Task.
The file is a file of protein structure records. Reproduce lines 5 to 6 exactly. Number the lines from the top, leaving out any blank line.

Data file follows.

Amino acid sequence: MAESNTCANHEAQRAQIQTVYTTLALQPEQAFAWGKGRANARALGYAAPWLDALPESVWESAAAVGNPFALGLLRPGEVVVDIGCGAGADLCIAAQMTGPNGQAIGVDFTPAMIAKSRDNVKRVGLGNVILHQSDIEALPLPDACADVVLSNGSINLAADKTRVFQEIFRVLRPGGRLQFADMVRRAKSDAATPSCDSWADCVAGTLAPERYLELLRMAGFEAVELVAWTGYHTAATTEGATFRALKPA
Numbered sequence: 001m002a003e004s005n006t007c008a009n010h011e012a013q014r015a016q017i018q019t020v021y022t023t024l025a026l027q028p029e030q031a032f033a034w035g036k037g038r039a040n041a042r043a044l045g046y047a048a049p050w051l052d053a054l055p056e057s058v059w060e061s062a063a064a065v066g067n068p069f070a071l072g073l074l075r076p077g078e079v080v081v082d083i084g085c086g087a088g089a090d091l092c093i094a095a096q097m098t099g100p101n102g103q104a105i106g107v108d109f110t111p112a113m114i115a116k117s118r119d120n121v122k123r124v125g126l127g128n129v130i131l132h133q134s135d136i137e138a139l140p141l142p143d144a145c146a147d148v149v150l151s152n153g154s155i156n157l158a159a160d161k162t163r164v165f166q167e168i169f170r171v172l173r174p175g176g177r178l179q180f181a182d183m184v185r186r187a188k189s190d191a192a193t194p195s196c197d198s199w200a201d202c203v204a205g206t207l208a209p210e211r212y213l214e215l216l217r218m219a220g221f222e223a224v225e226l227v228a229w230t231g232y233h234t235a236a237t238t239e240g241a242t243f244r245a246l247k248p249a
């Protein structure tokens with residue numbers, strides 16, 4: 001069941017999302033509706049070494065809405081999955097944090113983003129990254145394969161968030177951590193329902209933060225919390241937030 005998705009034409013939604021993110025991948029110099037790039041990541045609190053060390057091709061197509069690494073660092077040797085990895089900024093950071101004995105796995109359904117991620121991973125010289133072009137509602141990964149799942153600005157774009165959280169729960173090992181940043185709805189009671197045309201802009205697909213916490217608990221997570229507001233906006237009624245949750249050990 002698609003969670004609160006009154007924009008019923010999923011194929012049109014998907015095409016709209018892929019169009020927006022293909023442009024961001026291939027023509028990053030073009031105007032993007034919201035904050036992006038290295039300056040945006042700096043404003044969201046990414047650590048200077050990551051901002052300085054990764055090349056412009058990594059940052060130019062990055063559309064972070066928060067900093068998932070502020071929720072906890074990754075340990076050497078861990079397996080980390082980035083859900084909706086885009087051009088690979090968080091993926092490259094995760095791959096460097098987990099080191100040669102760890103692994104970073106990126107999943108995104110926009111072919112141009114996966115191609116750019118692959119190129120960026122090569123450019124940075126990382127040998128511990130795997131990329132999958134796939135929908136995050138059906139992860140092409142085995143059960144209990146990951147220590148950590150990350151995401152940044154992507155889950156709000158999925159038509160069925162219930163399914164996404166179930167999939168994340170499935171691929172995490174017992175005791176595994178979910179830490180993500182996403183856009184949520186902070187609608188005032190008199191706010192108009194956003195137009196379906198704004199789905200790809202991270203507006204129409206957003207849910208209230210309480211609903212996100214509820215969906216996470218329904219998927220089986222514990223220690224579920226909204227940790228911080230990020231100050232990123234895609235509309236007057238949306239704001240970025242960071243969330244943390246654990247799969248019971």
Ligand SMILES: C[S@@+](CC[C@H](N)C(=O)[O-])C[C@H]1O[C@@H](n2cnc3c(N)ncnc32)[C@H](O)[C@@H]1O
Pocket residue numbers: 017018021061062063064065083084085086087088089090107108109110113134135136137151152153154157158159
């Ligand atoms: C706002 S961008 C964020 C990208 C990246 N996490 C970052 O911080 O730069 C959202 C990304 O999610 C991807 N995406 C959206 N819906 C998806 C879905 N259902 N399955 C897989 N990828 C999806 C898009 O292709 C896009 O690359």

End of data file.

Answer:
Pocket residue numbers: 017018021061062063064065083084085086087088089090107108109110113134135136137151152153154157158159
């Ligand atoms: C706002 S961008 C964020 C990208 C990246 N996490 C970052 O911080 O730069 C959202 C990304 O999610 C991807 N995406 C959206 N819906 C998806 C879905 N259902 N399955 C897989 N990828 C999806 C898009 O292709 C896009 O690359």